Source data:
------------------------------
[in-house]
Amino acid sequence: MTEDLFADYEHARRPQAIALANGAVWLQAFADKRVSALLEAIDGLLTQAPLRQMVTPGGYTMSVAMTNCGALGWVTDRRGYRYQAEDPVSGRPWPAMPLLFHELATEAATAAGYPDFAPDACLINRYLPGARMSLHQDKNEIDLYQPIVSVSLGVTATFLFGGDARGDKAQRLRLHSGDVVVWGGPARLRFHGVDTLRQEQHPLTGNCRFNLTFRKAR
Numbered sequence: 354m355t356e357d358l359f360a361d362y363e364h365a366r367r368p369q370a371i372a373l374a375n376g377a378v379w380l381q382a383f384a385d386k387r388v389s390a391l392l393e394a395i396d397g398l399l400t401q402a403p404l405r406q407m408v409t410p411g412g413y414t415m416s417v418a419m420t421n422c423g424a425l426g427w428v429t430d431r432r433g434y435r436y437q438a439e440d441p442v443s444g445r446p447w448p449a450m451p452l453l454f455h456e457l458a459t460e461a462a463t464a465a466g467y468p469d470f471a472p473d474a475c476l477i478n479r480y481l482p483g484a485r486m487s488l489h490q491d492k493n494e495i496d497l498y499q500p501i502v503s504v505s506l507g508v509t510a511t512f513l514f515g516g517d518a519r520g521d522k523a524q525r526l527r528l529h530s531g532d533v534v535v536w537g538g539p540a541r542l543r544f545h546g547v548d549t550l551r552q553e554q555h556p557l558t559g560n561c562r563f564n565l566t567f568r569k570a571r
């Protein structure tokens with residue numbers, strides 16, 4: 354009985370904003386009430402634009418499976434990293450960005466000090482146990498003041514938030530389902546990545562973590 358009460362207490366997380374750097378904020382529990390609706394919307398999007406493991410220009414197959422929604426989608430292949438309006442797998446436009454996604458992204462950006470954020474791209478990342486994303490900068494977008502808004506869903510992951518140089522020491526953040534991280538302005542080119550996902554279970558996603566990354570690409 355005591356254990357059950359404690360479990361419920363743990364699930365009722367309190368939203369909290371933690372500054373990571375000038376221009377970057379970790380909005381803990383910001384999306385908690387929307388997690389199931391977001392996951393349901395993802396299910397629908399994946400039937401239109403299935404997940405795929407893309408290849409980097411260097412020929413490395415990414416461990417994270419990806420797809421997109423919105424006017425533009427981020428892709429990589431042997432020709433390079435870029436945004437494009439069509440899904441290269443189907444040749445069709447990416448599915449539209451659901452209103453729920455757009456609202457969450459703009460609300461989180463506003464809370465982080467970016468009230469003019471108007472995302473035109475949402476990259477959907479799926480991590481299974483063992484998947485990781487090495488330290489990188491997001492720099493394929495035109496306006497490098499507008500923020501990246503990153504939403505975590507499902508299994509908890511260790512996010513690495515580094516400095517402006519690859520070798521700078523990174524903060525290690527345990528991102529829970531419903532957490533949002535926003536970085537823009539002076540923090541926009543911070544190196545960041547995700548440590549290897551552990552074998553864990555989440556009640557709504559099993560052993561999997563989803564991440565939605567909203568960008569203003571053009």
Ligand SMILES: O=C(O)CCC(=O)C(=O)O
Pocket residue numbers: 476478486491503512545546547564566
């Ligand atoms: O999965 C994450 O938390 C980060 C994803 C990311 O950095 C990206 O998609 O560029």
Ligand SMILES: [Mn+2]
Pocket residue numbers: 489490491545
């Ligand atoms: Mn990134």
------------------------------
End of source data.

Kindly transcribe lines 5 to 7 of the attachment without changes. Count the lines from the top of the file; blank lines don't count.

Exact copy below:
Ligand SMILES: O=C(O)CCC(=O)C(=O)O
Pocket residue numbers: 476478486491503512545546547564566
């Ligand atoms: O999965 C994450 O938390 C980060 C994803 C990311 O950095 C990206 O998609 O560029």